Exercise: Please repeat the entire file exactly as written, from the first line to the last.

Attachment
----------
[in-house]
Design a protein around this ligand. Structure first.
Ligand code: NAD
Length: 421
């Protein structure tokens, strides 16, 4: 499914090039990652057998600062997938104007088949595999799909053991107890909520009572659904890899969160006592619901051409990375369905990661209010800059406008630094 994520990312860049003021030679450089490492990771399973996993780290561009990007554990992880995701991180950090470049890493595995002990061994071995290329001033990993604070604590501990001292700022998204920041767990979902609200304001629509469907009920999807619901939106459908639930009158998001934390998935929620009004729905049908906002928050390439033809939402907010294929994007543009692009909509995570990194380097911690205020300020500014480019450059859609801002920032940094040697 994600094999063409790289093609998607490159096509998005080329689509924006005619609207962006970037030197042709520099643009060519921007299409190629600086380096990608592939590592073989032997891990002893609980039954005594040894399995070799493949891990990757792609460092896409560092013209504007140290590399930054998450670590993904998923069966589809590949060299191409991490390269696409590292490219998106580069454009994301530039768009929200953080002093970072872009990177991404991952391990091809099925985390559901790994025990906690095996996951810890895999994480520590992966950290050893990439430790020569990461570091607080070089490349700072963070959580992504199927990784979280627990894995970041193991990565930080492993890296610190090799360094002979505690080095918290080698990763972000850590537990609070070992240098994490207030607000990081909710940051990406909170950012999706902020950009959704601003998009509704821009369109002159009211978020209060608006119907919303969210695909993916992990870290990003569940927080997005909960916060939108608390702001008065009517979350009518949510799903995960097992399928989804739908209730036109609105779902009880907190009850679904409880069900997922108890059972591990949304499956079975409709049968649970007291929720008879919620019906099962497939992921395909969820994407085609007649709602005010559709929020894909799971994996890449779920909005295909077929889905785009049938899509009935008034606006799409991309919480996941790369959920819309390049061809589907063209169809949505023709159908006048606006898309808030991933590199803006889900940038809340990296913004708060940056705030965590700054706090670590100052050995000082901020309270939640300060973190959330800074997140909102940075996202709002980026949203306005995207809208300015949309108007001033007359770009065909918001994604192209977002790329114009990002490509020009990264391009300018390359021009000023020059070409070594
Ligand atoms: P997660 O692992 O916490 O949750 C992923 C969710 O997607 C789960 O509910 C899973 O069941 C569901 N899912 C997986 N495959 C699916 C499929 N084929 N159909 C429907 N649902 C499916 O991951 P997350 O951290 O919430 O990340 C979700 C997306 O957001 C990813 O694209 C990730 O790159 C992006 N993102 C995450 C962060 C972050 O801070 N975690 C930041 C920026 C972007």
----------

[in-house]
Design a protein around this ligand. Structure first.
Ligand code: NAD
Length: 421
């Protein structure tokens, strides 16, 4: 499914090039990652057998600062997938104007088949595999799909053991107890909520009572659904890899969160006592619901051409990375369905990661209010800059406008630094 994520990312860049003021030679450089490492990771399973996993780290561009990007554990992880995701991180950090470049890493595995002990061994071995290329001033990993604070604590501990001292700022998204920041767990979902609200304001629509469907009920999807619901939106459908639930009158998001934390998935929620009004729905049908906002928050390439033809939402907010294929994007543009692009909509995570990194380097911690205020300020500014480019450059859609801002920032940094040697 994600094999063409790289093609998607490159096509998005080329689509924006005619609207962006970037030197042709520099643009060519921007299409190629600086380096990608592939590592073989032997891990002893609980039954005594040894399995070799493949891990990757792609460092896409560092013209504007140290590399930054998450670590993904998923069966589809590949060299191409991490390269696409590292490219998106580069454009994301530039768009929200953080002093970072872009990177991404991952391990091809099925985390559901790994025990906690095996996951810890895999994480520590992966950290050893990439430790020569990461570091607080070089490349700072963070959580992504199927990784979280627990894995970041193991990565930080492993890296610190090799360094002979505690080095918290080698990763972000850590537990609070070992240098994490207030607000990081909710940051990406909170950012999706902020950009959704601003998009509704821009369109002159009211978020209060608006119907919303969210695909993916992990870290990003569940927080997005909960916060939108608390702001008065009517979350009518949510799903995960097992399928989804739908209730036109609105779902009880907190009850679904409880069900997922108890059972591990949304499956079975409709049968649970007291929720008879919620019906099962497939992921395909969820994407085609007649709602005010559709929020894909799971994996890449779920909005295909077929889905785009049938899509009935008034606006799409991309919480996941790369959920819309390049061809589907063209169809949505023709159908006048606006898309808030991933590199803006889900940038809340990296913004708060940056705030965590700054706090670590100052050995000082901020309270939640300060973190959330800074997140909102940075996202709002980026949203306005995207809208300015949309108007001033007359770009065909918001994604192209977002790329114009990002490509020009990264391009300018390359021009000023020059070409070594
Ligand atoms: P997660 O692992 O916490 O949750 C992923 C969710 O997607 C789960 O509910 C899973 O069941 C569901 N899912 C997986 N495959 C699916 C499929 N084929 N159909 C429907 N649902 C499916 O991951 P997350 O951290 O919430 O990340 C979700 C997306 O957001 C990813 O694209 C990730 O790159 C992006 N993102 C995450 C962060 C972050 O801070 N975690 C930041 C920026 C972007």